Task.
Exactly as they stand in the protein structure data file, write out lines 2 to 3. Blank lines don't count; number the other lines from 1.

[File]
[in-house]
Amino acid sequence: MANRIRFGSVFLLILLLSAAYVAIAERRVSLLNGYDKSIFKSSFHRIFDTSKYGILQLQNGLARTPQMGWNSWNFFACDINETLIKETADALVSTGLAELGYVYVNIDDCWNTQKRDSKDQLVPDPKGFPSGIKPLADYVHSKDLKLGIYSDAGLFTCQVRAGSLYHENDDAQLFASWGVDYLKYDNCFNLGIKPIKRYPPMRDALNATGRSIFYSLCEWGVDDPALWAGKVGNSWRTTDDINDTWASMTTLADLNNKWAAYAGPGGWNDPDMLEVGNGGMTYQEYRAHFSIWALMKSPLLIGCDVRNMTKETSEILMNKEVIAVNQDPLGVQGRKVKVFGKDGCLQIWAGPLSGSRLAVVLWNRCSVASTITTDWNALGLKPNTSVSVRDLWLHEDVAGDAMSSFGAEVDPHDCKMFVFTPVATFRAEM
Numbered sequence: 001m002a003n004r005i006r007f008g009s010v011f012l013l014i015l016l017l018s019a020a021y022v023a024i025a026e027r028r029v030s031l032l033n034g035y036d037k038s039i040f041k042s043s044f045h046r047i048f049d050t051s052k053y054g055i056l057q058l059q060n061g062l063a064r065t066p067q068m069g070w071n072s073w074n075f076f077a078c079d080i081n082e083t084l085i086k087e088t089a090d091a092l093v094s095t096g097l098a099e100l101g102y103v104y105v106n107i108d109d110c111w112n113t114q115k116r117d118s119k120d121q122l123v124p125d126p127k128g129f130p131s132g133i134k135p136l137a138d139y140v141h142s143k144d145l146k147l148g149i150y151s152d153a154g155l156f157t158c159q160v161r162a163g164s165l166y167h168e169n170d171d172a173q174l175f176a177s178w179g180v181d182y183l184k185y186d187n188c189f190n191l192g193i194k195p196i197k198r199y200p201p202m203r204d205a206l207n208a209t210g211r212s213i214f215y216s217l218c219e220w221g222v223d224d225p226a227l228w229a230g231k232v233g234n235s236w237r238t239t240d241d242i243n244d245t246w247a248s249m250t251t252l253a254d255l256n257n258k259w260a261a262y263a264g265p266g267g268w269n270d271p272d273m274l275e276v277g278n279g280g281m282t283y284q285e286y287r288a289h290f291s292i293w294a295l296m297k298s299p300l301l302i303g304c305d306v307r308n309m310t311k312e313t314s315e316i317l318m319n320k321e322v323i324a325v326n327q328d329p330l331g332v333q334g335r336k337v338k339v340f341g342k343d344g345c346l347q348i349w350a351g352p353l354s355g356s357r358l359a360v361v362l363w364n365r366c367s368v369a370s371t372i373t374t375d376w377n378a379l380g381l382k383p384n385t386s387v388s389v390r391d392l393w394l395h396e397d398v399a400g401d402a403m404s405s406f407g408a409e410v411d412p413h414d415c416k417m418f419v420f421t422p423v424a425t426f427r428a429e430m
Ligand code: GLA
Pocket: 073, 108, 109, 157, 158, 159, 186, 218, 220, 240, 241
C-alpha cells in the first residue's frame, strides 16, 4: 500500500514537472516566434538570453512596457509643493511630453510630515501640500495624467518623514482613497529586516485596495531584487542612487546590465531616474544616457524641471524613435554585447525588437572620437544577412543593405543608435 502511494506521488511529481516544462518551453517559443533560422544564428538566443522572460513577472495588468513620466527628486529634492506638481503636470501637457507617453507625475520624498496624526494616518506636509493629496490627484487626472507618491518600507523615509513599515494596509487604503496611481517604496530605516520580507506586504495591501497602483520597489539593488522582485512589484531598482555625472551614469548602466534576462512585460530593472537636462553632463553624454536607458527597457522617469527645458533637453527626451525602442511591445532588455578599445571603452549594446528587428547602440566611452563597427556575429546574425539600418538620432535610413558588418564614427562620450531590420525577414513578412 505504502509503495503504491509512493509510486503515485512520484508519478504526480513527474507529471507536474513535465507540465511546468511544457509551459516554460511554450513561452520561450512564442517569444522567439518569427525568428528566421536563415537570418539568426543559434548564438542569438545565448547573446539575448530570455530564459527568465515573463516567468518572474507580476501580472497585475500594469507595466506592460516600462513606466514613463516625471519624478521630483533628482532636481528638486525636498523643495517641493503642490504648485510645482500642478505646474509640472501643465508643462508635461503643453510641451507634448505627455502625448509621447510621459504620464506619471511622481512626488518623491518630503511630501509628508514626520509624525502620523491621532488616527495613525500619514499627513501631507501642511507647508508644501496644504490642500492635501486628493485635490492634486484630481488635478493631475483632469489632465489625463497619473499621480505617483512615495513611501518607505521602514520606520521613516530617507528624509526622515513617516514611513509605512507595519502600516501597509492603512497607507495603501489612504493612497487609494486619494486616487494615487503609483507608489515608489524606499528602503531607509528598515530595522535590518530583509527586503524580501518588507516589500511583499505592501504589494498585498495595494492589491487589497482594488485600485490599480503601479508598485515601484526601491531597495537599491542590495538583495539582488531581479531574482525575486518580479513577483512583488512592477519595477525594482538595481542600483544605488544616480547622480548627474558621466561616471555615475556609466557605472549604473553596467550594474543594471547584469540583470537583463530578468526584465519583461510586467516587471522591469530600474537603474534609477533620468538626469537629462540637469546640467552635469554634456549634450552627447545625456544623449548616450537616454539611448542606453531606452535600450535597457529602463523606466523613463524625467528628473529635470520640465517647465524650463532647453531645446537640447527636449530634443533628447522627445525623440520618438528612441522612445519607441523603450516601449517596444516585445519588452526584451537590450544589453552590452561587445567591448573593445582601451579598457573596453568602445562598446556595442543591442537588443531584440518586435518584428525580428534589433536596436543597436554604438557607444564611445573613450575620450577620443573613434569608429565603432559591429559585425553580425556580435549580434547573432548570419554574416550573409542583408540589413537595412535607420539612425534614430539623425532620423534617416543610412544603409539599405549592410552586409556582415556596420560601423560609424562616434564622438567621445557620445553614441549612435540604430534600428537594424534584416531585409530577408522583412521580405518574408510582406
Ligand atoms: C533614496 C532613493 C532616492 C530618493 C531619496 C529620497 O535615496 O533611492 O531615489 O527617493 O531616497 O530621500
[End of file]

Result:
Amino acid sequence: MANRIRFGSVFLLILLLSAAYVAIAERRVSLLNGYDKSIFKSSFHRIFDTSKYGILQLQNGLARTPQMGWNSWNFFACDINETLIKETADALVSTGLAELGYVYVNIDDCWNTQKRDSKDQLVPDPKGFPSGIKPLADYVHSKDLKLGIYSDAGLFTCQVRAGSLYHENDDAQLFASWGVDYLKYDNCFNLGIKPIKRYPPMRDALNATGRSIFYSLCEWGVDDPALWAGKVGNSWRTTDDINDTWASMTTLADLNNKWAAYAGPGGWNDPDMLEVGNGGMTYQEYRAHFSIWALMKSPLLIGCDVRNMTKETSEILMNKEVIAVNQDPLGVQGRKVKVFGKDGCLQIWAGPLSGSRLAVVLWNRCSVASTITTDWNALGLKPNTSVSVRDLWLHEDVAGDAMSSFGAEVDPHDCKMFVFTPVATFRAEM
Numbered sequence: 001m002a003n004r005i006r007f008g009s010v011f012l013l014i015l016l017l018s019a020a021y022v023a024i025a026e027r028r029v030s031l032l033n034g035y036d037k038s039i040f041k042s043s044f045h046r047i048f049d050t051s052k053y054g055i056l057q058l059q060n061g062l063a064r065t066p067q068m069g070w071n072s073w074n075f076f077a078c079d080i081n082e083t084l085i086k087e088t089a090d091a092l093v094s095t096g097l098a099e100l101g102y103v104y105v106n107i108d109d110c111w112n113t114q115k116r117d118s119k120d121q122l123v124p125d126p127k128g129f130p131s132g133i134k135p136l137a138d139y140v141h142s143k144d145l146k147l148g149i150y151s152d153a154g155l156f157t158c159q160v161r162a163g164s165l166y167h168e169n170d171d172a173q174l175f176a177s178w179g180v181d182y183l184k185y186d187n188c189f190n191l192g193i194k195p196i197k198r199y200p201p202m203r204d205a206l207n208a209t210g211r212s213i214f215y216s217l218c219e220w221g222v223d224d225p226a227l228w229a230g231k232v233g234n235s236w237r238t239t240d241d242i243n244d245t246w247a248s249m250t251t252l253a254d255l256n257n258k259w260a261a262y263a264g265p266g267g268w269n270d271p272d273m274l275e276v277g278n279g280g281m282t283y284q285e286y287r288a289h290f291s292i293w294a295l296m297k298s299p300l301l302i303g304c305d306v307r308n309m310t311k312e313t314s315e316i317l318m319n320k321e322v323i324a325v326n327q328d329p330l331g332v333q334g335r336k337v338k339v340f341g342k343d344g345c346l347q348i349w350a351g352p353l354s355g356s357r358l359a360v361v362l363w364n365r366c367s368v369a370s371t372i373t374t375d376w377n378a379l380g381l382k383p384n385t386s387v388s389v390r391d392l393w394l395h396e397d398v399a400g401d402a403m404s405s406f407g408a409e410v411d412p413h414d415c416k417m418f419v420f421t422p423v424a425t426f427r428a429e430m